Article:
MAX is an aggregate function that evaluates the maximum of the
-expression over a set of values (see

MAX is an aggregate function that evaluates the maximum of an
+expression over a set of rows (see

The
-DISTINCT qualifier eliminates duplicates. The ALL qualifier retains duplicates.
-These qualifiers have no effect in a MAX expression. Only one DISTINCT aggregate
+DISTINCT and ALL qualifiers eliminate or retain duplicates, but
+these qualifiers have no effect in a MAX expression. Only one DISTINCT aggregate
expression per * SelectExpression* is
allowed. For example, the following query is not allowed:

The *Expression* can contain multiple
@@ -38,12 +38,13 @@
or subquery. It must evaluate to a built-in data type. You can therefore call
methods that evaluate to built-in data types. (For example, a method that
returns a *java.lang.Integer* or *int* evaluates to an INTEGER.)
-If an expression evaluates to NULL, the aggregate skips that value.

For
-CHAR, VARCHAR, and

The type's comparison rules determine the maximum value. For +CHAR and VARCHAR, the number of blank spaces at the end of the value can affect how MAX is evaluated. For example, if the values 'z' and 'z ' are both stored in a column, you cannot -control which one will be returned as the maximum, because a blank space has -no value.

The resulting data type is the same as the expression on +control which one will be returned as the maximum, because blank spaces are +ignored for character comparisons.

The resulting data type is the same as the expression on which it operates (it will never overflow).

MIN is an aggregate expression that evaluates the minimum of +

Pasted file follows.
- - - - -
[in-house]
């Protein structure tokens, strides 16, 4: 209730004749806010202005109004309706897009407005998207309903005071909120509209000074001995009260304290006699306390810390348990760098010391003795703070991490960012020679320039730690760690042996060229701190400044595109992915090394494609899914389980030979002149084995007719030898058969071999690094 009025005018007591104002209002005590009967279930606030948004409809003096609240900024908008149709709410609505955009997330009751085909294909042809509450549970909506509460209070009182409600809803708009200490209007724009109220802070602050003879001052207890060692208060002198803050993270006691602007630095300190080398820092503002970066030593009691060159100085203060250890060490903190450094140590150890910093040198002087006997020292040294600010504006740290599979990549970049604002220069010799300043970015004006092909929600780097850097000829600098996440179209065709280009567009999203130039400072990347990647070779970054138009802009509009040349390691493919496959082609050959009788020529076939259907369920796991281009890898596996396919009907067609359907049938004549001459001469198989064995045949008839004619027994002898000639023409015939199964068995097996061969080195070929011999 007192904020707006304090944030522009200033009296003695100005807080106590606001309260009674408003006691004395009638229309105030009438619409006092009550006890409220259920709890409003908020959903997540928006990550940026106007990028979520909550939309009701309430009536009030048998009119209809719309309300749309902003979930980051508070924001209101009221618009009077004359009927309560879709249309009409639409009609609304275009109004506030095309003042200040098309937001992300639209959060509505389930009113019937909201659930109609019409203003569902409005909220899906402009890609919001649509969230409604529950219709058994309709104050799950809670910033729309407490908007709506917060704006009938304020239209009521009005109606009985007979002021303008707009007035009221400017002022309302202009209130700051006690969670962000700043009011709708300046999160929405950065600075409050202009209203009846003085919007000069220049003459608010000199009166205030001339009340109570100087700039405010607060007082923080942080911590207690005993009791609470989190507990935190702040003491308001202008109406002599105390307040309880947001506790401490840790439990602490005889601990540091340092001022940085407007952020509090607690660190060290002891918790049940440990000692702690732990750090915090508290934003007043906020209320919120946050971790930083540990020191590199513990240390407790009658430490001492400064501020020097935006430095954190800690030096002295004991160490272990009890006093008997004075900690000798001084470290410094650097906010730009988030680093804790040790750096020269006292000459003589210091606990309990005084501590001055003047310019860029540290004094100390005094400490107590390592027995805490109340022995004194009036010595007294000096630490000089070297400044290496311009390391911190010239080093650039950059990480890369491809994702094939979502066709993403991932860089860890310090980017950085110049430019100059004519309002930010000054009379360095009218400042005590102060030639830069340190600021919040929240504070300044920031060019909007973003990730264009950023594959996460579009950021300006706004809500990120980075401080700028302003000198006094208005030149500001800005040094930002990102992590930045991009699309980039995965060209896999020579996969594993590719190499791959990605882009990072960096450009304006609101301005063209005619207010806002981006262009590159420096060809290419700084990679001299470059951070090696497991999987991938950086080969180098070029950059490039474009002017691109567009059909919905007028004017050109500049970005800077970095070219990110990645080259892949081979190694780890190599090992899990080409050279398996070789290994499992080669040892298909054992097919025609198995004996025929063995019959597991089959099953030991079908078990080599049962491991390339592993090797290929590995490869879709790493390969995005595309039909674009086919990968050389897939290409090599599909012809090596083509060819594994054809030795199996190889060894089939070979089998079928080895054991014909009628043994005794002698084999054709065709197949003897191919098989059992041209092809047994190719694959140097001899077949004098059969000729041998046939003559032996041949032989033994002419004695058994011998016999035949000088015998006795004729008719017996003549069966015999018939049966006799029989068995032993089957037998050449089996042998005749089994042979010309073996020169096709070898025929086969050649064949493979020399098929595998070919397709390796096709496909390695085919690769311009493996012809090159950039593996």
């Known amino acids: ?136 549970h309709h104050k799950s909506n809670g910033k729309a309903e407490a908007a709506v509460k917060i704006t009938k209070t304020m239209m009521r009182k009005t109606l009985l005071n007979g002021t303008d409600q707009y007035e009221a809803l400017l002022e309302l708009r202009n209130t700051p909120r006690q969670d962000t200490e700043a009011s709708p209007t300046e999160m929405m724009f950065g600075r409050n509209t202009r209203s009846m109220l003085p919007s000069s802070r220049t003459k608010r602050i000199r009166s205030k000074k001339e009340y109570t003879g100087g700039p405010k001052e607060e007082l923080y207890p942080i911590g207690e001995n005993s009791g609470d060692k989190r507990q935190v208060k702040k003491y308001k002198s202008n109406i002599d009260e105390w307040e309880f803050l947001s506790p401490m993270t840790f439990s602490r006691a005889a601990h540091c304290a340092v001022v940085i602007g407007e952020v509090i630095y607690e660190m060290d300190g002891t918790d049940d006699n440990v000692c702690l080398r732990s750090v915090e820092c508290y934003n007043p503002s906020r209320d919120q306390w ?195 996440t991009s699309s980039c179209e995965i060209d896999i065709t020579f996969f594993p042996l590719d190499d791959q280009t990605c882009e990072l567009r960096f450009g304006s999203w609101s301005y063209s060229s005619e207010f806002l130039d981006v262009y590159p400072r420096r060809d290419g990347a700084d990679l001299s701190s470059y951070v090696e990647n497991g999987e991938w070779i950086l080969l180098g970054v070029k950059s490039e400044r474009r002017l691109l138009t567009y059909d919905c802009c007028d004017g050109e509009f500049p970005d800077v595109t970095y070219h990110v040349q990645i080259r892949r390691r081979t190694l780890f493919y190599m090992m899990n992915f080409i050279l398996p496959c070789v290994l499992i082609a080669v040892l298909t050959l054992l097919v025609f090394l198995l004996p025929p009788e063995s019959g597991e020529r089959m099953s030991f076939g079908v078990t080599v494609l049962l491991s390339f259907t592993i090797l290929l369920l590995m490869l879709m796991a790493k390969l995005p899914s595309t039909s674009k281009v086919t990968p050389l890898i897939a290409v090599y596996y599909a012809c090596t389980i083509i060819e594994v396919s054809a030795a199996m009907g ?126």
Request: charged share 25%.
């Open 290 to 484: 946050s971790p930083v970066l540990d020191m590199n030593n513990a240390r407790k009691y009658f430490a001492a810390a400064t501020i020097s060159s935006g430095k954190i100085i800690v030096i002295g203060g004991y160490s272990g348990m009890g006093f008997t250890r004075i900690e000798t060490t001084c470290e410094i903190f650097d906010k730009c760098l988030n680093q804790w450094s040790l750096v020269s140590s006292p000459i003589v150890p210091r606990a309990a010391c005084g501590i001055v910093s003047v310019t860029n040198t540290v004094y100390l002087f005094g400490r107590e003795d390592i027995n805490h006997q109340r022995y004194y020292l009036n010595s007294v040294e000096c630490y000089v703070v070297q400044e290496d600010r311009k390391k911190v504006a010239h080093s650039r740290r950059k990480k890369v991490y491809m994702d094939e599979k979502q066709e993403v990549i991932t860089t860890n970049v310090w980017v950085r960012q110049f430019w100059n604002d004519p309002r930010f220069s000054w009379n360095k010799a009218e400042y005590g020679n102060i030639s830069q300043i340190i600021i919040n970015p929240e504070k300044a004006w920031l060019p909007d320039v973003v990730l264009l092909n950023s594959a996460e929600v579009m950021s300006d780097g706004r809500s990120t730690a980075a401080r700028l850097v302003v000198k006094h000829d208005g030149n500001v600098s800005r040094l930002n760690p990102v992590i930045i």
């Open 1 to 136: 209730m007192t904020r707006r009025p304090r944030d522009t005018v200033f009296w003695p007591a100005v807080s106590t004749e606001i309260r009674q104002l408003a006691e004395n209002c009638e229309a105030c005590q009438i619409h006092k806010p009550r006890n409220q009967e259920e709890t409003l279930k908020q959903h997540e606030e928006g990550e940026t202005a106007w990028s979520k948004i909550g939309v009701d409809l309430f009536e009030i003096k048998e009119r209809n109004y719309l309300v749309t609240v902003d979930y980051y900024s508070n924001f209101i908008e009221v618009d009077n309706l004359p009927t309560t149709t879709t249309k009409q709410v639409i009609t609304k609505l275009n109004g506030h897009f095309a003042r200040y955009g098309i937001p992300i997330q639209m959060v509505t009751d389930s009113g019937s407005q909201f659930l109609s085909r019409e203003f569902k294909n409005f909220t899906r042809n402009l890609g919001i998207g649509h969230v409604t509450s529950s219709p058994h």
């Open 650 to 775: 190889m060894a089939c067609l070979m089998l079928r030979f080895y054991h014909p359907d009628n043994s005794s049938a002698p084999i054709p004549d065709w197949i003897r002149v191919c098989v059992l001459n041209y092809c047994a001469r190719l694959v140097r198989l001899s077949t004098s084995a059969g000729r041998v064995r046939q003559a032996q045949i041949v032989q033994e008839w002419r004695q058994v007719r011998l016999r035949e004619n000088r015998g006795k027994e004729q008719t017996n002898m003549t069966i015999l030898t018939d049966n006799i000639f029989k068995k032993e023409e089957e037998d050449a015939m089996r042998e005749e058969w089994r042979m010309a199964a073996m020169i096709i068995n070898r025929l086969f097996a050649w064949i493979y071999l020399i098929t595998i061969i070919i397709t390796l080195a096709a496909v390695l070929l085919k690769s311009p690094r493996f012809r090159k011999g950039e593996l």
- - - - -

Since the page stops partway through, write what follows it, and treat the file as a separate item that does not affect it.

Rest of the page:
MIN is an aggregate function that evaluates the minimum of
an expression over a set of rows (see

The expression can contain multiple column +FROM Flights

The *Expression* can contain multiple column
references or expressions, but it cannot contain another aggregate or subquery.
It must evaluate to a built-in data type. You can therefore call methods that
evaluate to built-in data types. (For example, a method that returns a *java.lang.Integer* or *int* evaluates
to an INTEGER.) If an expression evaluates to NULL, the aggregate skips that
-value.

The type's comparison rules determine the maximum value. For
-CHAR, VARCHAR, and

The +value.

The type's comparison rules determine the minimum value. For +CHAR and VARCHAR, +the number of blank spaces at the end of the value can affect how MIN is evaluated. +For example, if the values 'z' and 'z ' are both stored in a column, you cannot +control which one will be returned as the minimum, because blank spaces are +ignored for character comparisons.

The resulting data type is the same as the expression on which it operates (it will never overflow).